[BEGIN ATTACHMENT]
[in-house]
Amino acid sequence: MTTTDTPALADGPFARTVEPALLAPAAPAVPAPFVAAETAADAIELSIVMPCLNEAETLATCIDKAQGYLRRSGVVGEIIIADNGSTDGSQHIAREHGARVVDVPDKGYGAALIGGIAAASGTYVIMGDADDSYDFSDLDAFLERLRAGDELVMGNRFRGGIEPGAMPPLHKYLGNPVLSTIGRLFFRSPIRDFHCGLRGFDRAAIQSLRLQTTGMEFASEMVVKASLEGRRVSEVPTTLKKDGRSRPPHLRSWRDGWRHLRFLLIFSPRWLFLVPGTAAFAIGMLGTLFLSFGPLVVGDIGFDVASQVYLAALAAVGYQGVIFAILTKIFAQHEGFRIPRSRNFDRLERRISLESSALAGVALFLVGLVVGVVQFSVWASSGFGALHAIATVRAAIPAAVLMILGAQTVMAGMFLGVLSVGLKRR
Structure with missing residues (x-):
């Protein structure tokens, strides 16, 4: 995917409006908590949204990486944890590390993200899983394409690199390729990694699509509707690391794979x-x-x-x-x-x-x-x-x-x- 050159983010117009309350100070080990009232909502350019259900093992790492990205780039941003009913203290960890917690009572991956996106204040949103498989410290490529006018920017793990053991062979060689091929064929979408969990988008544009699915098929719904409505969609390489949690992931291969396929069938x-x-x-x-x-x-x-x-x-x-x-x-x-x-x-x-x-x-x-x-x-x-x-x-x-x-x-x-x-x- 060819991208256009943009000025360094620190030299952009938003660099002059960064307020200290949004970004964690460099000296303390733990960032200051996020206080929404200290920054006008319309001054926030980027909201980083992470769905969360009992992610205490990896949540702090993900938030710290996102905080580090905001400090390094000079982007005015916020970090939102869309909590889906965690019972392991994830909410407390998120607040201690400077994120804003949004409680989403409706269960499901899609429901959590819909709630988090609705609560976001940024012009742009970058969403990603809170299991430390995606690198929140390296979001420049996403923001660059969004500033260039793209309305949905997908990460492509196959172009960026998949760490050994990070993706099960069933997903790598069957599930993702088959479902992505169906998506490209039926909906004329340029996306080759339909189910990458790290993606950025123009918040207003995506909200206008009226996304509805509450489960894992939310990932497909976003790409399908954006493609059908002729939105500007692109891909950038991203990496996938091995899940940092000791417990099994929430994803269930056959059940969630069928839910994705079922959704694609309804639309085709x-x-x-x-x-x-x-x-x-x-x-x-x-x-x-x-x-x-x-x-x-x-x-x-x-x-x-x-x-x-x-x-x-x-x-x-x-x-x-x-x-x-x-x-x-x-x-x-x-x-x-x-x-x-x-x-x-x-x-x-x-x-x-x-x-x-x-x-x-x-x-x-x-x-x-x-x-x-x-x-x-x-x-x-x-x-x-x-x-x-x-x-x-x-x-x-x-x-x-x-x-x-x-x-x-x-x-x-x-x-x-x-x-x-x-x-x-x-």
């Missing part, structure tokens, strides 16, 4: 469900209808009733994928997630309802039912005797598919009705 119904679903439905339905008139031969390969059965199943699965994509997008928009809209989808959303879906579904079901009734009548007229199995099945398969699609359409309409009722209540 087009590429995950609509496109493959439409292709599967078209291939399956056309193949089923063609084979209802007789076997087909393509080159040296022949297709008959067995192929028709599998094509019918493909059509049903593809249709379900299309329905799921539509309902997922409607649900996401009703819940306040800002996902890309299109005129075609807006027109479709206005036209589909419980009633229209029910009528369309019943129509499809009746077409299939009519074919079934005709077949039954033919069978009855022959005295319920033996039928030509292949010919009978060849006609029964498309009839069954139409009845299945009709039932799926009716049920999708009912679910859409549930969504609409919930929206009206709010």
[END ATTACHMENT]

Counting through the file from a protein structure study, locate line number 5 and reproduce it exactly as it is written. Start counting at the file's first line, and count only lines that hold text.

């Missing part, structure tokens, strides 16, 4: 469900209808009733994928997630309802039912005797598919009705 119904679903439905339905008139031969390969059965199943699965994509997008928009809209989808959303879906579904079901009734009548007229199995099945398969699609359409309409009722209540 087009590429995950609509496109493959439409292709599967078209291939399956056309193949089923063609084979209802007789076997087909393509080159040296022949297709008959067995192929028709599998094509019918493909059509049903593809249709379900299309329905799921539509309902997922409607649900996401009703819940306040800002996902890309299109005129075609807006027109479709206005036209589909419980009633229209029910009528369309019943129509499809009746077409299939009519074919079934005709077949039954033919069978009855022959005295319920033996039928030509292949010919009978060849006609029964498309009839069954139409009845299945009709039932799926009716049920999708009912679910859409549930969504609409919930929206009206709010």